The Prevalence and Severity of Underreporting Bias in Machine- and Human-Coded Data

Benjamin E. Bagozzi, Patrick T. Brandt, John R. Freeman, Jennifer S. Holmes, Alisha Kim, Agustin Palao Mendizabal, Carly Potz-Nielsen

Research output: Contribution to journalArticlepeer-review

2 Scopus citations

Abstract

Textual data are plagued by underreporting bias. For example, news sources often fail to report human rights violations. Cook et al. propose a multi-source estimator to gauge, and to account for, the underreporting of state repression events within human codings of news texts produced by the Agence France-Presse and Associated Press. We evaluate this estimator with Monte Carlo experiments, and then use it to compare the prevalence and seriousness of underreporting when comparable texts are machine coded and recorded in the World-Integrated Crisis Early Warning System dataset. We replicate Cook et al.'s investigation of human-coded state repression events with our machine-coded events, and validate both models against an external measure of human rights protections in Africa. We then use the Cook et al. estimator to gauge the seriousness and prevalence of underreporting in machine and human-coded event data on human rights violations in Colombia. We find in both applications that machine-coded data are as valid as human-coded data.

Original languageEnglish (US)
Pages (from-to)641-649
Number of pages9
JournalPolitical Science Research and Methods
Volume7
Issue number3
DOIs
StatePublished - Jul 1 2019

Bibliographical note

Funding Information:
* Benjamin E. Bagozzi, Department of Political Science & International Relations, University of Delaware, 405 Smith Hall, 18 Amstel Ave, Newark, DE 19716 ( bagozzib@udel.edu ). Patrick T. Brandt ( pbrandt@utdallas.edu ), Jennifer S. Holmes ( jholmes@utdallas.edu ), Alisha Kim ( Alisha.Kim@utdallas.edu ) and Agustin Palao Mendizabal ( Agustin.PalaoMendizabal@utdallas.edu ), School of Economic, Political and Policy Sciences, University of Texas, Dallas, 800 W. Campbell Rd, GR31 Richardson TX 75080. John R. Freeman ( freeman@umn.edu ) and Carly Potz-Nielsen ( potzn001@umn.edu ), Department of Political Science, University of Minnesota, 1414 Social Sciences, 267 19th Ave S., Minneapolis, MN 55455. An earlier version of this paper was presented as a poster at the 34th Annual Meeting of the Political Methodology Society. This research is supported by NSF Grant Number SBE-SMA-1539302. The authors thank Associate Editor Daniel Stegmueller, two anonymous reviewers, as well as Scott Cook, Mark Nieman, and Vito D’Orazio for their helpful comments and suggestions. To view supplementary material for this article, please visit https://doi.org/10.1017/psrm.2018.11 Bagozzi Benjamin E. Brandt Patrick T. Freeman John R. Holmes Jennifer S. Kim Alisha Palao Mendizabal Agustin Potz-Nielsen Carly 05 03 2018 07 2019 7 3 641 649 © The European Political Science Association 2018  2018 The European Political Science Association Textual data are plagued by underreporting bias. For example, news sources often fail to report human rights violations. Cook et al. propose a multi-source estimator to gauge, and to account for, the underreporting of state repression events within human codings of news texts produced by the Agence France-Presse and Associated Press. We evaluate this estimator with Monte Carlo experiments, and then use it to compare the prevalence and seriousness of underreporting when comparable texts are machine coded and recorded in the World-Integrated Crisis Early Warning System dataset. We replicate Cook et al.’s investigation of human-coded state repression events with our machine-coded events, and validate both models against an external measure of human rights protections in Africa. We then use the Cook et al. estimator to gauge the seriousness and prevalence of underreporting in machine and human-coded event data on human rights violations in Colombia. We find in both applications that machine-coded data are as valid as human-coded data. pdf S2049847018000110a.pdf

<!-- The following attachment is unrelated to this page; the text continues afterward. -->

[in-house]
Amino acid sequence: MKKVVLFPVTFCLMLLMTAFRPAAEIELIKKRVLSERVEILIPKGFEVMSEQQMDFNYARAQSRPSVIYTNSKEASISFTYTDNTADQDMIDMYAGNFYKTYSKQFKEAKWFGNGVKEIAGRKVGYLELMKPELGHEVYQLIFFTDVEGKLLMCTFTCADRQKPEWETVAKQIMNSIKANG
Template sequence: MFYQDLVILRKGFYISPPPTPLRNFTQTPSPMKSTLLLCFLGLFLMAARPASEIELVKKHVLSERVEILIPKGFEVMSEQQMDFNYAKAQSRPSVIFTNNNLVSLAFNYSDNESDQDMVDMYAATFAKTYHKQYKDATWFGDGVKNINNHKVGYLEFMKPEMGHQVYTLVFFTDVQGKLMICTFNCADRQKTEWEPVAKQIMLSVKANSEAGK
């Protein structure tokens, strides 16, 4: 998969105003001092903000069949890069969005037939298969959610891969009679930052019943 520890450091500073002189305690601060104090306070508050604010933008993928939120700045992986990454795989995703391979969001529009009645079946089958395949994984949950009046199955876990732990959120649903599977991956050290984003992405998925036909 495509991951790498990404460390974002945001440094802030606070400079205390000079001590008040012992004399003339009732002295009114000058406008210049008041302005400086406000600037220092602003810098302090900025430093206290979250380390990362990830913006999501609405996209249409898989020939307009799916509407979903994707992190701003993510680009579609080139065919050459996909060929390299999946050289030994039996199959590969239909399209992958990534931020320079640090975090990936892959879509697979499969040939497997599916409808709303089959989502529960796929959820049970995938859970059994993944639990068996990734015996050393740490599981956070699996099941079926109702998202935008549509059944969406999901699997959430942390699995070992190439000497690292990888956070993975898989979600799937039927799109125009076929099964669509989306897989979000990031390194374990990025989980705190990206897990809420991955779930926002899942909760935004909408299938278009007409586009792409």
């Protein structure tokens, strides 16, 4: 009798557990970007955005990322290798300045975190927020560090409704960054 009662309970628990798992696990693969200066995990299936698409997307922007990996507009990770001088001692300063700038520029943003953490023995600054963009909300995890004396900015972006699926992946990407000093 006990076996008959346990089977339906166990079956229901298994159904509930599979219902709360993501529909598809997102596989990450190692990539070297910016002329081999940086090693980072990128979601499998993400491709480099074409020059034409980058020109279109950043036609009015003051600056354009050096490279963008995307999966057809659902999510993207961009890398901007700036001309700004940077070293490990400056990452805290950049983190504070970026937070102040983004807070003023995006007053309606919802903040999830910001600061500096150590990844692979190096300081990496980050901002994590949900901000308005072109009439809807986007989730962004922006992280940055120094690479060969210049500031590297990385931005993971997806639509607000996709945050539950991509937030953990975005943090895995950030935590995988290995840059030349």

Publisher Copyright:
© 2018 The European Political Science Association.

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